I have girl/boy twins. I didn’t care what sex they’d be as I was basically concerned with their being born alive and not too early. Now they’re 4 and they identify so strongly with one another rather than with their peers or us that neither kid conforms wholly to gendered expectations. Fortunately, they go to a crunchy accepting preschool so nobody has, so far, teased my son for wearing so-called girly colors or teased my daughter for wearing a boy’s bathing suit. It’s amazing to me how similar they are to one another in terms of their preferences for colors, toys, and play activities, which suggests the power of socialization over any innate gendered behavior.

  16. polarbearfan on 05 Apr 2012 at 2:39 pm #

    @jas: That is a very good point. While boys do have conflict with their fathers, there seems to be a ritualized and socially acceptable way to deal with it. Assuming that the boy is heterosexual(and that’s a big assumption) they will get along fine once he reaches adulthood. No such thing exists with girls and their mothers. Feminism has only made things worse by telling girls that they are not allowed to criticize their mothers, and that they are not allowed to complain in any way about the numerous problems associated with being biologically female. Everything is supposed to be the fault of “the patriarchy” when in fact a lot of it is the fault of other women.

  17. Nicoleandmaggie on 05 Apr 2012 at 2:49 pm #

    Kid #1 I had a preference for. It was a known/fear of the unknown thing (and men in my family tend to be of one type, including the ones who marry in and women in my family tend to be another type, including the ones who marry in). I got the opposite of what I’d expected.

    And it turns out that you can raise a kid of one gender exactly the same way you can a kid of the other gender. Even my ultra-feminist mom made some comments about gender-appropriate toys and books, but really turns out boys and girls can play with and read the same thing if you don’t make a big deal out of it. Though I will say the gifts we get are largely gendered.

    So for kid #2, no preference.

  18. Historiann on 05 Apr 2012 at 3:30 pm #

    polarbear fan writes, “Feminism has only made things worse by telling girls that they are not allowed to criticize their mothers, and that they are not allowed to complain in any way about the numerous problems associated with being biologically female. Everything is supposed to be the fault of “the patriarchy” when in fact a lot of it is the fault of other women.

    You don’t really know very much about the history of feminism, do you?

    Feminism has been all about killing/rejecting the mother. (Look up Katie Roiphe’s and Rebecca Walker’s writings on their mothers Anne Roiphe and Alice Walker, for example.) And it’s not just among individual mother-daughter pairs, it’s a movement-wide phenomenon in which the younger generation ridicules the feminism of the older generation. So, we see the flapper generation put down the old suffragists in their bloomers and sashes; miniskirted second-wavers put down their dowdy mothers and grandmothers; Waxed and plucked Gen-Xers put down the hippy-dippy second-wavers, etc.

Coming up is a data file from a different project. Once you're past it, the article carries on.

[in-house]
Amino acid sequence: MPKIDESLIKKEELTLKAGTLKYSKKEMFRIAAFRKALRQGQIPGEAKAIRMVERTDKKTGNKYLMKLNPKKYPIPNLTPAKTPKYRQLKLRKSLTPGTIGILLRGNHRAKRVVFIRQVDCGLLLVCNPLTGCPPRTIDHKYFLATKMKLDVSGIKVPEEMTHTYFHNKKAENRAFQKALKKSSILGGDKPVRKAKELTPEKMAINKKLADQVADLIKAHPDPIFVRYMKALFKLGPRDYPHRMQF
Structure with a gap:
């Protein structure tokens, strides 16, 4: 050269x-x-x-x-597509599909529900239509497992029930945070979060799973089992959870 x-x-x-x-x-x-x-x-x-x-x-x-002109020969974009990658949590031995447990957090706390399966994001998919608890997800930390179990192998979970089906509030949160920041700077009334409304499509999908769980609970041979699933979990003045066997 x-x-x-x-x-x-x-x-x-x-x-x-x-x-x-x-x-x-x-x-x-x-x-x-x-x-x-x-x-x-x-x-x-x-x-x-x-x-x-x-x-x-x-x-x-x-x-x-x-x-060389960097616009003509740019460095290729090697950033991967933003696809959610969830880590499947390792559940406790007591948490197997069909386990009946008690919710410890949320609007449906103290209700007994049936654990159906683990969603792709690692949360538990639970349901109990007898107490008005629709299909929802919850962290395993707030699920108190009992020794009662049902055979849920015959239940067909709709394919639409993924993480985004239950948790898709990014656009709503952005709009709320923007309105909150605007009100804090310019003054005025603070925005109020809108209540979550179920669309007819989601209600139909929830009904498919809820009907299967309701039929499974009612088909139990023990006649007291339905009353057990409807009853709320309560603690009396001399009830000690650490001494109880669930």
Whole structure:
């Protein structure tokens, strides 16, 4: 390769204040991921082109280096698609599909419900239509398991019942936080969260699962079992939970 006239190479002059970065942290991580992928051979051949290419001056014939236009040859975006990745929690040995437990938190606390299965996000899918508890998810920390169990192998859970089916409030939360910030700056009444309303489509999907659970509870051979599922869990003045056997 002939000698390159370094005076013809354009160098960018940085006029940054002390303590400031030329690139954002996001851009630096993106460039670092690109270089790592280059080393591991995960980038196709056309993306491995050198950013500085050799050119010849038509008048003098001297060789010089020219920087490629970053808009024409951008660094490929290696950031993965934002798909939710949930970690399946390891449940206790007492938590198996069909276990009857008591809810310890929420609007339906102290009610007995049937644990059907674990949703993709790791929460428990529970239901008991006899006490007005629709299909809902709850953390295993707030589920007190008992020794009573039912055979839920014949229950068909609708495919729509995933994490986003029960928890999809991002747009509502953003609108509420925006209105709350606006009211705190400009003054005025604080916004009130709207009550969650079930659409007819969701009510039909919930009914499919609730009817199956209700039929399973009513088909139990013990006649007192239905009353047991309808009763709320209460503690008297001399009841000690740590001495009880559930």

19. polarbearfan on 05 Apr 2012 at 4:05 pm #

    Historiann: there is a grain of truth to what you say, but only a grain. The whole third-wave feminism business did rely on some notion of “real” feminism, as opposed to what their elders represented, but once you looked into it, the differences were really not that great.

    I once heard Katie Roiphe speak at Undergrad U., and the amount of aggression she was subjected to was pretty amazing, even by the standards of this very left-leaning university. All of it was from women. The implications were obvious: “Don’t you dare criticize teh girlz, or imply that we might have any problems that are not imposed on us by people with penises!!”

  20. undine on 05 Apr 2012 at 6:17 pm #

    It’d be interesting to see just how many expectant parents DO have a preference and how those preferences change over decades. Back in the day, all I wanted was a healthy baby (seriously), and that’s what others around me said, too, about their pregnancies. Was that an anomalous blip in the statistics, or have things changed over time?

  21. Nicoleandmaggie on 05 Apr 2012 at 6:51 pm #

    undine: My mom wanted girls, knew she was going to have girls, and got girls. That’s the 70s and 80s (just in the case of my sister) before u/s. N = 1.

    And of course, if anybody IRL ever asked I would say I just wanted a healthy baby, because that really was true to a large extent (especially after a year and a half of infertility treatment and a loss). On the internet in anonymity I can say that I thought my first kid was going to be a different gender. Still thought it for about two weeks after the birth.

  22. tony grafton on 05 Apr 2012 at 7:02 pm #

    Have a boy and a girl, both grown, both awesome, both had their problems and have overcome them so far. Incredibly grateful to have them both.

  23. nicolec on 05 Apr 2012 at 7:20 pm #

    As I was waiting to board an airplane with my then 6 month old son, a mother, sitting with her 4yr old daughter, announced to me, “boys are the best”. Shocked and horrified that she just said that in front of her daughter (or at all), I said, “I imagine they are all wonderful regardless” to which she said, “boys love their moms more”. WTF?